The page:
The Temple of Philae

There are so many temples, so many majestic sites in Egypt that I dare not say which ones are better than the other.  Each person has their own preferences and what some like, others may not.  I,  for some reason, often find myself liking structures near to rivers or large bodies of flowing water.  Perhaps in another lifetime I lived on the river.  Who knows.   In Egypt, I rediscovered my love for water and one moment I remember clearly is the first impression I had of the Temple of Philae.

On an island of its own, this temple is accessible only by boat.  It’s late evening and the sun reflects off the dark blue water that mirrors the sky above.  It’s been a tiring day and everyone is exhausted. We had been awake since 2am in the morning with our early morning flight to Abu Simbel then Aswan.  This temple I remember being almost our last destination for the day.  I was tired and sleepy.  I walked down the pier and got onto the boat that would take us across.  I wasn’t really expecting too much and was pleased to just be able to sit quietly on the boat, listening to the water splashing on its side as the late afternoon sun flickered through.

I observed a beautiful scenery of birds, trees and water reflecting the afternoon sun. Palm trees offered a beautiful sihoulette to the clear cloudless sky.  All was calm and peaceful until all of a sudden, beautiful structures looking somewhat mythical appeared before me.  I sat there quietly taking it all in.  Stone columns reddened by the afternoon sun rose majestically to the sky.  I felt like I too was on a pilgrimage to this great temple.  I wondered if pilgrims thousands of years felt the same way I did just then. This place must indeed be magical.   As I got closer, the towering columns grew in their splendor and size.  They belonged to the Temple of Philae.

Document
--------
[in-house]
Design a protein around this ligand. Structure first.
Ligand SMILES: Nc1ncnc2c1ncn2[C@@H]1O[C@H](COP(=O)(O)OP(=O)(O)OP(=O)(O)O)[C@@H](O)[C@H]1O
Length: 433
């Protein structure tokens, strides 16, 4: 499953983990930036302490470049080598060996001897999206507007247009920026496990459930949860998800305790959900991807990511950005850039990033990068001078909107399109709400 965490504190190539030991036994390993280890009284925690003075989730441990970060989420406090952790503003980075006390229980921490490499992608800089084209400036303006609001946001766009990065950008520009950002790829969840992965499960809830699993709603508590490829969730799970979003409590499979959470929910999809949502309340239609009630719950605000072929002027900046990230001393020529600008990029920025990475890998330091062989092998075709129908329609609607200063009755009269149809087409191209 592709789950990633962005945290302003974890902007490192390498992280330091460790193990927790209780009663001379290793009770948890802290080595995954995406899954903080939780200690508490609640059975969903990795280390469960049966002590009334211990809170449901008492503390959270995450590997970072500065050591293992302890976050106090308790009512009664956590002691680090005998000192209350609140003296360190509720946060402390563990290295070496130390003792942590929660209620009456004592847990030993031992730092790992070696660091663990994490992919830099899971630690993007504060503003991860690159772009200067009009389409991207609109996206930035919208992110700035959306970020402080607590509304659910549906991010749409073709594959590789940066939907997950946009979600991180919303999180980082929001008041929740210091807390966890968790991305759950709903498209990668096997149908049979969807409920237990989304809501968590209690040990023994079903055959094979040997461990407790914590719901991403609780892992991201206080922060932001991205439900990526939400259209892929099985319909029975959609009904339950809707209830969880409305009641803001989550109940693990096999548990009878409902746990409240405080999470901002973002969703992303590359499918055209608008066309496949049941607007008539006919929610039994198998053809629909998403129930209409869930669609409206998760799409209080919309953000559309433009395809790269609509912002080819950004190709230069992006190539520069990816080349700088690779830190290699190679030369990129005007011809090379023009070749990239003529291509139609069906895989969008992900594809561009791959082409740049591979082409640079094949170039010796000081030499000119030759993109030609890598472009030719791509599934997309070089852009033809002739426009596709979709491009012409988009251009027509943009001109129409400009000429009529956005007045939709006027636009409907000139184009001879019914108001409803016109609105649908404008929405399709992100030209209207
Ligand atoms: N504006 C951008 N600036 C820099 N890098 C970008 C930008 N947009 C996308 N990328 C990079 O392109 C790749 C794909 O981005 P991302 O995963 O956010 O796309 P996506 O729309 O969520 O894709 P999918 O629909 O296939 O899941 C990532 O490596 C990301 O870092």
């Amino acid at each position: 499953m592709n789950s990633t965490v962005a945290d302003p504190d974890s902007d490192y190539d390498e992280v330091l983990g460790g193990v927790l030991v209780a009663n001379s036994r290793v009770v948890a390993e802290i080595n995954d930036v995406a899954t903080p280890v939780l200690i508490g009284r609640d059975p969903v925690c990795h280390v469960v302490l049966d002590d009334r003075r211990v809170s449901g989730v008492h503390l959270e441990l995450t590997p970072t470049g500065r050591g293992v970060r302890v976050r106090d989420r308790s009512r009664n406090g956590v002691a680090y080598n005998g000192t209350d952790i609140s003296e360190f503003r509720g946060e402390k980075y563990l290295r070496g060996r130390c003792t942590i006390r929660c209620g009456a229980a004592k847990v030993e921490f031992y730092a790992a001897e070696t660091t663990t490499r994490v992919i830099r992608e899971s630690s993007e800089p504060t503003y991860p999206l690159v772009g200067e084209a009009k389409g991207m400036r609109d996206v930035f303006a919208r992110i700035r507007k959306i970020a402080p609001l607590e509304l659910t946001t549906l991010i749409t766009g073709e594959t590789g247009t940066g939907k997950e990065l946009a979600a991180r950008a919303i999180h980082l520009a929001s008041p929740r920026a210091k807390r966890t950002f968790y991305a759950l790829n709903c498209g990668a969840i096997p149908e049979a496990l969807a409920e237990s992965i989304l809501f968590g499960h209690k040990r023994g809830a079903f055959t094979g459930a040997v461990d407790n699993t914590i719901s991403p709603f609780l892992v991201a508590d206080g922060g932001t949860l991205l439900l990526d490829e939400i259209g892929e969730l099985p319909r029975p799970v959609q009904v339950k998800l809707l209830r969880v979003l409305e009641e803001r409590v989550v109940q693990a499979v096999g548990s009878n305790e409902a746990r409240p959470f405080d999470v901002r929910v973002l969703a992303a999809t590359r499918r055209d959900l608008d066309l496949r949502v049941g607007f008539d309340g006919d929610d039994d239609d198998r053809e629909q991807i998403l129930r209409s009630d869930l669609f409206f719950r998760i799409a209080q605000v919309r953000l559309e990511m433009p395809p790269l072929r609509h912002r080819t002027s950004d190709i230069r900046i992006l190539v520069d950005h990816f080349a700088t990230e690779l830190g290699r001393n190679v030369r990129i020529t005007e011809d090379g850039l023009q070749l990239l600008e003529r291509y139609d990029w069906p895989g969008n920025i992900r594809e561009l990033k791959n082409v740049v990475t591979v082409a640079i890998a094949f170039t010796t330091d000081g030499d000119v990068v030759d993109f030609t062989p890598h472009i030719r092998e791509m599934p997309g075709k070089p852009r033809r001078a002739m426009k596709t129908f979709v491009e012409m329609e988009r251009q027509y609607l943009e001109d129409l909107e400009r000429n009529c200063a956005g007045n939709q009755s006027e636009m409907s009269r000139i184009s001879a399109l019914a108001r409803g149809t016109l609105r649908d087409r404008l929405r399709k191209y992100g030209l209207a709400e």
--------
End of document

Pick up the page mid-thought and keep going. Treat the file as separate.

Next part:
This temple I am told was believed to be the burial site of Osiris, the God of the Underworld,” and was inhabited by only priests.  It was a sacred place of worship for ancient Egyptians and have been mentioned in literature since ancient times.  I got off the boat and inside the temple is just as astounding.

Pillars filled with hieroglyphics lined the entrance and the main gate was still in wonderful condition.  Although most of the colours are gone now, they hieroglyphics remain just as surreal.  The complex is large and there are many buildings.  Some were built by the romans and one especially beautiful is the Kiosk of Trajan which has 14 columns and is in a classical style.  Beautiful.   I walk around looking at the lights and shadows. Light and darkness contrasting with each other.   I wish I had more time here, but we are given only 20 minutes to take photos.

I wander around and just fall in love this temple. Perhaps crossing the river in the setting sun with the clear blue sky above made it all the more magical.  Whatever it is, I can imagine this being the resting place of the Gods.

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